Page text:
News Column

Bak-Anime Con a celebration of geek culture

June 23, 2014

By James Burger, The Bakersfield Californian



June 23--Stephany Woo sported anime heroine Mikasa Ackerman's red scarf, complicated harness of grappling hooks and swords Sunday at the Bakersfield Marriott on Truxtun Avenue.

Woo, from Bakersfield, teamed with her brother Steven and friend Joseph Villagomez to recreate the look of three major characters from the Japanese animated series "Attack on Titan" for the Bak-Anime Con.

The celebration of Japanese animation, comic books, video games and geek culture in general packed the hallways and conference rooms of the downtown hotel.

Woo said anime can be a place where strong female characters shine.

"Most girls are seen as gentle and girly. I love how my character is the opposite of that," Woo said. "She's very ambitious and strong and she likes to be independent."

Hundreds of people -- from new babies (sporting Dragon Balls and purple tufts of hair) to teens and adults -- flooded the hallways of the Marriott to look over merchandise, watch artists draw or catch a Q&A session with voice artists Brina Palencia and Trina Nishimura.

Many of them were sporting a costume of some sort -- as simple as a face mask or as complicated as body paint, horns, tails or elaborate capes, robes or the hand-crafted ensembles the Woos were wearing.

Lines between classic and modern American animated movies and Japanese imports new and old blurred in hallways.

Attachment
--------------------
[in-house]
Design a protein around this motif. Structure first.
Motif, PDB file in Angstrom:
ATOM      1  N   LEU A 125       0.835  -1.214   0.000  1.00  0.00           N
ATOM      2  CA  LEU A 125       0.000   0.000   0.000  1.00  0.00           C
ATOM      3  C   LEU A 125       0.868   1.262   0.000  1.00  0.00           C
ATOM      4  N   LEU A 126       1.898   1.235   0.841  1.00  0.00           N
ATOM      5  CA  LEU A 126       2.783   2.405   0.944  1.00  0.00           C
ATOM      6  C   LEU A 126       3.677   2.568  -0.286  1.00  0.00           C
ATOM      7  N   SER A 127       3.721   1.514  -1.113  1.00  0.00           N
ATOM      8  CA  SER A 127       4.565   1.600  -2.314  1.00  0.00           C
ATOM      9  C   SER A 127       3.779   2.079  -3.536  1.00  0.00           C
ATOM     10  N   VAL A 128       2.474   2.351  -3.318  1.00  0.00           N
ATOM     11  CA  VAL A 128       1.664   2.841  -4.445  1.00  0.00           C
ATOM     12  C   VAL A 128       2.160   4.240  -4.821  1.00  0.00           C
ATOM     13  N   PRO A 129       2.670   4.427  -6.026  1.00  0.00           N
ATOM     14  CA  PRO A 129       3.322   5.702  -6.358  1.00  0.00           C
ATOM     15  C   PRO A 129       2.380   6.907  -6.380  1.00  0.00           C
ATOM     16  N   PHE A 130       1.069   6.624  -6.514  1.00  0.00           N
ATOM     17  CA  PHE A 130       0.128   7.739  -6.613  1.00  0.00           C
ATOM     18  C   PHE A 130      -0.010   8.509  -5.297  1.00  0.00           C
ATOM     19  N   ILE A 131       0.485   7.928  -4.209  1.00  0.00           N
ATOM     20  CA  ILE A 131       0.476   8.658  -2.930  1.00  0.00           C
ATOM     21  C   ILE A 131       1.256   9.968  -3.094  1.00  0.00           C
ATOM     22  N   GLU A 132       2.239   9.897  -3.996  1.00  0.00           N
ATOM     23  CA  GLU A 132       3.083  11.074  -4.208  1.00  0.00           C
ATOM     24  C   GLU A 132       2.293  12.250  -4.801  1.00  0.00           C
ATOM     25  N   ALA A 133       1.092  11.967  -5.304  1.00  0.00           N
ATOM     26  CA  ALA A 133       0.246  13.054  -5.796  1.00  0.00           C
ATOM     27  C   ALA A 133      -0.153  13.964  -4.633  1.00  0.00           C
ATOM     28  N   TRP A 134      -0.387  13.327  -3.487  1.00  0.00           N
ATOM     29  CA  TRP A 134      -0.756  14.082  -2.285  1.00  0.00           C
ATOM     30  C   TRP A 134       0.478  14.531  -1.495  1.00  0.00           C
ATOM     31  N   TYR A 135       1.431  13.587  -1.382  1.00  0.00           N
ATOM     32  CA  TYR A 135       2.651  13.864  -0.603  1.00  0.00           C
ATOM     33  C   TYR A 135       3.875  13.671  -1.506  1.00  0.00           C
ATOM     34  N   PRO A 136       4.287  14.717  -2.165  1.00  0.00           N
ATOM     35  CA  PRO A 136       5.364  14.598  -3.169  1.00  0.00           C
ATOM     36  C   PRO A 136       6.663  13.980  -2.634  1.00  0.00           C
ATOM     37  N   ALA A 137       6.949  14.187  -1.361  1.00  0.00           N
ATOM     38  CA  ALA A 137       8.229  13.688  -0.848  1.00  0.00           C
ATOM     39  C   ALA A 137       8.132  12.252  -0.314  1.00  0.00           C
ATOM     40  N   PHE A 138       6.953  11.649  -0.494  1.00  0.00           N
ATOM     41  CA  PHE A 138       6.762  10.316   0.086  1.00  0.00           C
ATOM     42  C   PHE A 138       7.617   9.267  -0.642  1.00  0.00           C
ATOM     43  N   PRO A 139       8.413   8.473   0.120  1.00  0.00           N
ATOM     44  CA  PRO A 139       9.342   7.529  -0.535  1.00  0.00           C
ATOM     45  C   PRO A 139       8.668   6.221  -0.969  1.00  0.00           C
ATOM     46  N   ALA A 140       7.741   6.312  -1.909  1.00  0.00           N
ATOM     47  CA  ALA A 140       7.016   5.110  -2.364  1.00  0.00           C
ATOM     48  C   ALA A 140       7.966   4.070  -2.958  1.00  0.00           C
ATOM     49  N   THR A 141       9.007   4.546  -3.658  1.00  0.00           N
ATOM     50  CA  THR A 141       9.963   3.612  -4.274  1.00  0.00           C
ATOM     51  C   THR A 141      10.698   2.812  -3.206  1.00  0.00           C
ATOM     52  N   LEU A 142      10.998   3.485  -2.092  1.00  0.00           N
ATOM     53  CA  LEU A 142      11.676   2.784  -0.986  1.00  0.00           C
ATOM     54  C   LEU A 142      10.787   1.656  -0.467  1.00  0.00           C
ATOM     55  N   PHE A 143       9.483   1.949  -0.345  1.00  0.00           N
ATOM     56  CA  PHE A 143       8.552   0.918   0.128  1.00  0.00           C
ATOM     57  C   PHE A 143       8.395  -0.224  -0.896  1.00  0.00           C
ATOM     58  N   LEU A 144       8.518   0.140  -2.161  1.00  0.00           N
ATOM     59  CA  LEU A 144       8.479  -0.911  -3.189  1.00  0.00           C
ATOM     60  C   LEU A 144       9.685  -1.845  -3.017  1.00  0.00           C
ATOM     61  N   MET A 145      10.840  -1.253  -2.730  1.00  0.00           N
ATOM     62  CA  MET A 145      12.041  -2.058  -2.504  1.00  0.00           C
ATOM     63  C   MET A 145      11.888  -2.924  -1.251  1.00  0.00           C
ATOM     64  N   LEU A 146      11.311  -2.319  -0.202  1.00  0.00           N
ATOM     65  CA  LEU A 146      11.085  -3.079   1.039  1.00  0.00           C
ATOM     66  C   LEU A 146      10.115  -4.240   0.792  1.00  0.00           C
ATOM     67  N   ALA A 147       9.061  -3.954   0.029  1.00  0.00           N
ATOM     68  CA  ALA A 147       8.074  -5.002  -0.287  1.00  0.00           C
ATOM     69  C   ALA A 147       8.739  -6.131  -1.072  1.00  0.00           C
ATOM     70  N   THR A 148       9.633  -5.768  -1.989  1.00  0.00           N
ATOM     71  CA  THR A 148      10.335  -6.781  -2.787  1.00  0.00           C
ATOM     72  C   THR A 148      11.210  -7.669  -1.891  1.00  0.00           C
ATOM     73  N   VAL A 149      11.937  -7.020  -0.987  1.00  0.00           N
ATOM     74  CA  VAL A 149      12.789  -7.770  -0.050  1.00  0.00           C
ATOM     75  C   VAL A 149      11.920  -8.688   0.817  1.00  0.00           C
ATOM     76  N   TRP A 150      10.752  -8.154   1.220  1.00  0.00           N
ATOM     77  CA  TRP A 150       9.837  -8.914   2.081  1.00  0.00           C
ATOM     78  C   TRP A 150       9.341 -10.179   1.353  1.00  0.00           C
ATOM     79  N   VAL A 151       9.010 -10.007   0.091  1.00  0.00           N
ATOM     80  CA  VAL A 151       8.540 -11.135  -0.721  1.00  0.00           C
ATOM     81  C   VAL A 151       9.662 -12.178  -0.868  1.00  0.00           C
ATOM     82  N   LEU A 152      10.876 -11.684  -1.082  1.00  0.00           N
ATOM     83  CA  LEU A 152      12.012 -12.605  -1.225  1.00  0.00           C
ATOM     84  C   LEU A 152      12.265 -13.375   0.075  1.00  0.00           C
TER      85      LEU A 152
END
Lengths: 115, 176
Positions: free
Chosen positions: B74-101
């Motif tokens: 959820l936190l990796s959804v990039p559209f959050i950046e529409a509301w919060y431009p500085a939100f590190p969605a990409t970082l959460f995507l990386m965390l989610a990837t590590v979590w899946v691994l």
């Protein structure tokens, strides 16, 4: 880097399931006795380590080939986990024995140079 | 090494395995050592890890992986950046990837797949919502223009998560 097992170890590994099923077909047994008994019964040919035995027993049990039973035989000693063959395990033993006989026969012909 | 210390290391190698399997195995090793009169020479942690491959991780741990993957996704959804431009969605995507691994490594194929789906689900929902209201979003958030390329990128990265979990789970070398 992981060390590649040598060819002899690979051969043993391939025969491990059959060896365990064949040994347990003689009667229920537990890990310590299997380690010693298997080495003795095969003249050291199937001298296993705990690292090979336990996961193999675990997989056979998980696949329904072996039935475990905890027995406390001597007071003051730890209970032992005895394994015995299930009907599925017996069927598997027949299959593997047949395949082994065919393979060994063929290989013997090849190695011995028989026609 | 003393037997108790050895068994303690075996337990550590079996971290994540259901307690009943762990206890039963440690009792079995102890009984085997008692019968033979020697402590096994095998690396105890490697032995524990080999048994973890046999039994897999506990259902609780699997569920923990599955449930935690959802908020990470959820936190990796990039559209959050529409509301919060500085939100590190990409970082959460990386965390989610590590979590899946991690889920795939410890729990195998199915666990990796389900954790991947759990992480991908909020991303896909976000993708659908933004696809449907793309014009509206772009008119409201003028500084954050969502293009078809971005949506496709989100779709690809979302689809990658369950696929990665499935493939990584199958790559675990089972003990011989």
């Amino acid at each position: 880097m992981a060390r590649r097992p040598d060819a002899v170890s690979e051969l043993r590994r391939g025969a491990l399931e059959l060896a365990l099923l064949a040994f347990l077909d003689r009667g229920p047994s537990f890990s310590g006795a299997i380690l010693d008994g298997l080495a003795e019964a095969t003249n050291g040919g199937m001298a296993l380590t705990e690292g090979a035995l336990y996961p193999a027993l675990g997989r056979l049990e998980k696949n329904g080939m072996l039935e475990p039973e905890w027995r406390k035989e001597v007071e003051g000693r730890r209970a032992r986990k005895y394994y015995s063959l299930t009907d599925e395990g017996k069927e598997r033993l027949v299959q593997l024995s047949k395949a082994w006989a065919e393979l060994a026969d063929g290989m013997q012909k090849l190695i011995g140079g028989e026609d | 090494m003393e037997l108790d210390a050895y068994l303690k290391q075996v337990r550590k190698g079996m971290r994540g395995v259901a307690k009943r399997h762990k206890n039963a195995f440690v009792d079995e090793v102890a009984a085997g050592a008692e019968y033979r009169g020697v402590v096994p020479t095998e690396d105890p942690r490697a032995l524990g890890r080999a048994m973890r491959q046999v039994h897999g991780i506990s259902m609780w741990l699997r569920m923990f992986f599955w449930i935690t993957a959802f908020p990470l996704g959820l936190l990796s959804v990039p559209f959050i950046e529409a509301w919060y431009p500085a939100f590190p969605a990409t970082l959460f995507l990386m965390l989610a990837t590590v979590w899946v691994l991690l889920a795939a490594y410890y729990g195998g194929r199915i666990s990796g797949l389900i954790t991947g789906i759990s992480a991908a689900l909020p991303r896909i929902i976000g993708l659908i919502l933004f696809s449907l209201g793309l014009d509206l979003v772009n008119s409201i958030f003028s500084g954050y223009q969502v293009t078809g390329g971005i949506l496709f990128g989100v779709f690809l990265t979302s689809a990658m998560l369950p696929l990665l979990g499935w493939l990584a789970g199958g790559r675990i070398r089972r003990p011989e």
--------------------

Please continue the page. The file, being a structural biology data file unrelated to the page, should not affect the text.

A Jack Frost from DreamWorks' "Rise of the Guardians" sauntered past ninjas from "Naruto," multiple Zeldas from the Japanese video game series, a super-saiyan or two, My Little Pony fans with wings and a properly comported Sebastian from "Black Butler."

Josh Branch said he was surprised by the event.

He grew up watching anime, he said, and cut his teeth on "Pokemon" (plenty of Ash Ketchum-clones roamed the halls) and "Dragon-Ball Z."

But he never really knew how many people were fans as well or how strong of an event Bakersfield could put on.

"I just discovered 'Attack on Titan' last night," he said. "I didn't expect all these people. I didn't expect the big anime base here."

Cheralynn French and Miranda Chavez came as Raven and Beast Boy from "Teen Titans" -- an American comic book that was made into an animated TV series that was clearly influenced by Japanese anime styles.

French and Chavez said they believe American animation has grown up as Japanese story-telling -- sometimes darker or more mature than American animation had been -- grew in popularity.

"The style has been getting a lot better," French said.

French said she identifies with Raven, who is an introspective, reclusive character, and Chavez said she picked the light-hearted, bombastic Beast Boy for his sense of fun.

The pair said Bak-Anime felt welcoming.

"If we were out on the street we wouldn't fit in," Chavez said. "Here we can be ourselves."

Woo had similar feelings about the convention.

"This whole con is like a family," she said.

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(c)2014 The Bakersfield Californian (Bakersfield, Calif.)

Visit The Bakersfield Californian (Bakersfield, Calif.) at www.bakersfield.com

Distributed by MCT Information Services


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Source: Bakersfield Californian, The (CA)


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